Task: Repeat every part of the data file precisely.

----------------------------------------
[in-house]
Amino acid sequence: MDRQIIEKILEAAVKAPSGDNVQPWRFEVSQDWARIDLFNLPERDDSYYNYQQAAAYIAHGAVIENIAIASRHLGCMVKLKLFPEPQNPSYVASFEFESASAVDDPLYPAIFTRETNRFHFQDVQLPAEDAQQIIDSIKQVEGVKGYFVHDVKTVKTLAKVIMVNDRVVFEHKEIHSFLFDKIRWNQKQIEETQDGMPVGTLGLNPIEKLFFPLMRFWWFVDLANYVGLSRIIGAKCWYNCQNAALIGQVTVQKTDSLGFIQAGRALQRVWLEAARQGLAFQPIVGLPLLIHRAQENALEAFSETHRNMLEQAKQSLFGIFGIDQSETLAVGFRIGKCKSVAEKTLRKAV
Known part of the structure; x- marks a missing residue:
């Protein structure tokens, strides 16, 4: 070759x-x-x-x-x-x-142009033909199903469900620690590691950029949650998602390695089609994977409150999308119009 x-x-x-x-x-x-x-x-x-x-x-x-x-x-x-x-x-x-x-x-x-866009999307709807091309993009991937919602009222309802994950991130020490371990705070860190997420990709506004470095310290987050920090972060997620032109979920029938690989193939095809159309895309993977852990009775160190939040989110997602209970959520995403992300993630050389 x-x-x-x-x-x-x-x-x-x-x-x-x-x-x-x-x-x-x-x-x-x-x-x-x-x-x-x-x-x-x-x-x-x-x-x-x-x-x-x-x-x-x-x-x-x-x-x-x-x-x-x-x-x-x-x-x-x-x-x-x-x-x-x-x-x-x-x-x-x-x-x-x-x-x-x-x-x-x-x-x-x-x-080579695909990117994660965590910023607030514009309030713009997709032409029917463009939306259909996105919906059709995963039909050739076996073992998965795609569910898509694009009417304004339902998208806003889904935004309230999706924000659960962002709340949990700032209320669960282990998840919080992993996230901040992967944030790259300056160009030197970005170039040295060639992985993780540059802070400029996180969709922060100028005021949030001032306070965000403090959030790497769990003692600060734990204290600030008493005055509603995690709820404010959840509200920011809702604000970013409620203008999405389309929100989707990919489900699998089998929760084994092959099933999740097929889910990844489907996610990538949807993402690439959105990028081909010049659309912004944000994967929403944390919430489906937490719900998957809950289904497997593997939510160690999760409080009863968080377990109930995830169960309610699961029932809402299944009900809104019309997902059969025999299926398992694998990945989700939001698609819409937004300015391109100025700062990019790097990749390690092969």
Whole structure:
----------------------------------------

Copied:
[in-house]
Amino acid sequence: MDRQIIEKILEAAVKAPSGDNVQPWRFEVSQDWARIDLFNLPERDDSYYNYQQAAAYIAHGAVIENIAIASRHLGCMVKLKLFPEPQNPSYVASFEFESASAVDDPLYPAIFTRETNRFHFQDVQLPAEDAQQIIDSIKQVEGVKGYFVHDVKTVKTLAKVIMVNDRVVFEHKEIHSFLFDKIRWNQKQIEETQDGMPVGTLGLNPIEKLFFPLMRFWWFVDLANYVGLSRIIGAKCWYNCQNAALIGQVTVQKTDSLGFIQAGRALQRVWLEAARQGLAFQPIVGLPLLIHRAQENALEAFSETHRNMLEQAKQSLFGIFGIDQSETLAVGFRIGKCKSVAEKTLRKAV
Known part of the structure; x- marks a missing residue:
């Protein structure tokens, strides 16, 4: 070759x-x-x-x-x-x-142009033909199903469900620690590691950029949650998602390695089609994977409150999308119009 x-x-x-x-x-x-x-x-x-x-x-x-x-x-x-x-x-x-x-x-x-866009999307709807091309993009991937919602009222309802994950991130020490371990705070860190997420990709506004470095310290987050920090972060997620032109979920029938690989193939095809159309895309993977852990009775160190939040989110997602209970959520995403992300993630050389 x-x-x-x-x-x-x-x-x-x-x-x-x-x-x-x-x-x-x-x-x-x-x-x-x-x-x-x-x-x-x-x-x-x-x-x-x-x-x-x-x-x-x-x-x-x-x-x-x-x-x-x-x-x-x-x-x-x-x-x-x-x-x-x-x-x-x-x-x-x-x-x-x-x-x-x-x-x-x-x-x-x-x-080579695909990117994660965590910023607030514009309030713009997709032409029917463009939306259909996105919906059709995963039909050739076996073992998965795609569910898509694009009417304004339902998208806003889904935004309230999706924000659960962002709340949990700032209320669960282990998840919080992993996230901040992967944030790259300056160009030197970005170039040295060639992985993780540059802070400029996180969709922060100028005021949030001032306070965000403090959030790497769990003692600060734990204290600030008493005055509603995690709820404010959840509200920011809702604000970013409620203008999405389309929100989707990919489900699998089998929760084994092959099933999740097929889910990844489907996610990538949807993402690439959105990028081909010049659309912004944000994967929403944390919430489906937490719900998957809950289904497997593997939510160690999760409080009863968080377990109930995830169960309610699961029932809402299944009900809104019309997902059969025999299926398992694998990945989700939001698609819409937004300015391109100025700062990019790097990749390690092969």
Whole structure: